Japan's Kobe Steel under fire for fudging data on metals
The Japanese government urged steelmaker Kobe Steel on Wednesday to clarify the extent of manipulation of inspection data on steel, aluminium and other metals used in a wide range of products, reportedly including rockets, aircraft and cars, in the latest quality scandal to rock Japanese manufacturing.
Kobe Steel, Japan's third-largest steel maker, has announced that between September 1, 2016 and August 31 of this year, it sold aluminium and copper materials using falsified data on such things as the products' strength.
Deputy Chief Cabinet Secretary Kotaro Nogami told reporters that the government was seeking more information about the problem and trying to determine its possible impact on product safety. He criticised the apparently widespread falsification of data as "inappropriate."
About 200 of Kobe Steel's customers, including some makers of defence equipment, were affected, Nogami said. He would not identify the companies by name but several automakers on Wednesday said they have been made aware of the problem and are investigating.
"We have confirmed that aluminium from Kobe Steel is used in the hoods and doors of some of our vehicles," Nissan said in an email. "As hoods are related to pedestrian safety, we are working to quickly assess any potential impact on vehicle functionality."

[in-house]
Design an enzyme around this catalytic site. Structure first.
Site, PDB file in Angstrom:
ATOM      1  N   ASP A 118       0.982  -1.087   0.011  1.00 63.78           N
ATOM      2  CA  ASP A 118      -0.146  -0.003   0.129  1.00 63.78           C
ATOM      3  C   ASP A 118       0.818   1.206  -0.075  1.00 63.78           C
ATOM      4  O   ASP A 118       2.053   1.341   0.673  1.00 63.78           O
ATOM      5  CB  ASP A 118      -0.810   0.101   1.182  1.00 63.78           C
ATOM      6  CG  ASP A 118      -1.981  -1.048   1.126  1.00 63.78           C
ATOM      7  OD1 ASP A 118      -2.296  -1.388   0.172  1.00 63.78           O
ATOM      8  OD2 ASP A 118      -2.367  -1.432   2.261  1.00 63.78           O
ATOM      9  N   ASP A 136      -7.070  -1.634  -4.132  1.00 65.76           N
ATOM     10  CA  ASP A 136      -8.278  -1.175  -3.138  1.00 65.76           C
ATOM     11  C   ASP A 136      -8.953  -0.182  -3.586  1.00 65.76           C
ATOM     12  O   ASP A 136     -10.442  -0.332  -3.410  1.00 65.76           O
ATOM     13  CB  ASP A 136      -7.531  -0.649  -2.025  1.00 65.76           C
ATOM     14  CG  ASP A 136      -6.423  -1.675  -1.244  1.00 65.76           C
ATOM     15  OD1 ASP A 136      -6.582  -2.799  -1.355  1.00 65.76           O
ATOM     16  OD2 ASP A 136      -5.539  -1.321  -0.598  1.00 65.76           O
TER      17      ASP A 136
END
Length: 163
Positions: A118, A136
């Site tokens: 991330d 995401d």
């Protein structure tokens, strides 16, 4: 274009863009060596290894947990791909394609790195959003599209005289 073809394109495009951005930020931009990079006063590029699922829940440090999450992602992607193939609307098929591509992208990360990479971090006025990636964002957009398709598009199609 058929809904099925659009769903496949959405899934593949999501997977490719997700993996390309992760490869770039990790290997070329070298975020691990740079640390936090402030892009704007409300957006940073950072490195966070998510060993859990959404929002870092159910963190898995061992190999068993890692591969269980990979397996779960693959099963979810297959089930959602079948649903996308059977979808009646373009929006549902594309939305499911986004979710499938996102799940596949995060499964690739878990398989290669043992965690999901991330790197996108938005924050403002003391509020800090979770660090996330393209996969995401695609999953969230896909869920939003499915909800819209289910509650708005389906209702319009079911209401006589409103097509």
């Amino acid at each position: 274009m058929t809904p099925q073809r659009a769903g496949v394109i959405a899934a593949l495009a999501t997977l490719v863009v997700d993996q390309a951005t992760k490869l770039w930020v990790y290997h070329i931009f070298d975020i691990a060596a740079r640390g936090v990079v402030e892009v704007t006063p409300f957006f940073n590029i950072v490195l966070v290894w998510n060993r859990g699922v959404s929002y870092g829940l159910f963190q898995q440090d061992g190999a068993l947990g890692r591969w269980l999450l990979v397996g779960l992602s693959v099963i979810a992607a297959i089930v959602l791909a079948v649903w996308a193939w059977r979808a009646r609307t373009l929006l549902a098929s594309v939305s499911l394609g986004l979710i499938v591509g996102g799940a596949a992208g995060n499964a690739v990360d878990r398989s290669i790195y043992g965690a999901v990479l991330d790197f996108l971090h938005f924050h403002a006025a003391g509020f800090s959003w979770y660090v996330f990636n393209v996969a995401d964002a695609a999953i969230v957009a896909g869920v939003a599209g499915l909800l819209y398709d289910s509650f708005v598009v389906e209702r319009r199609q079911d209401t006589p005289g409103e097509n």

Toyota also confirmed that the material has been used in hoods and rear doors of some of its vehicles.
"Putting the utmost priority on the safety of our customers, we are rapidly working to identify which vehicle models might be subject to this situation and what components were used, as well as what effect there might be on individual vehicles," Toyota said in a statement. "At the same time, we are considering what measures need to be put in place going forward."
Aircraft maker Boeing said it, too, is looking into the problem.
"Boeing has been working closely and continuously with our suppliers since being notified of the issue, to ensure timely and appropriate action, including comprehensive inspections and analysis throughout our supply chain," the company said in an email.
"Nothing in our review to date leads us to conclude that this issue presents a safety concern, and we will continue to work diligently with our suppliers to complete our investigation."
Kobe Steel said in a release that the materials included aluminium flat-rolled products, aluminium extrusions, copper strips, copper tubes, and aluminium castings and forgings.
It was unclear if the total of 40,900 tons of products involved included shipments to other countries.
"Data in inspection certificates had been improperly rewritten etc, and the products were shipped as having met the specifications concerned," the company said, describing the actions as "improper conduct."
The problem was discovered during internal inspections and "emergency quality audits", it said.
Kobe Steel said it was contacting its customers and working to verify the safety of the products it supplied and has set up a committee headed by its president to investigate quality issues and hired an outside law firm to conduct a probe into the misconduct.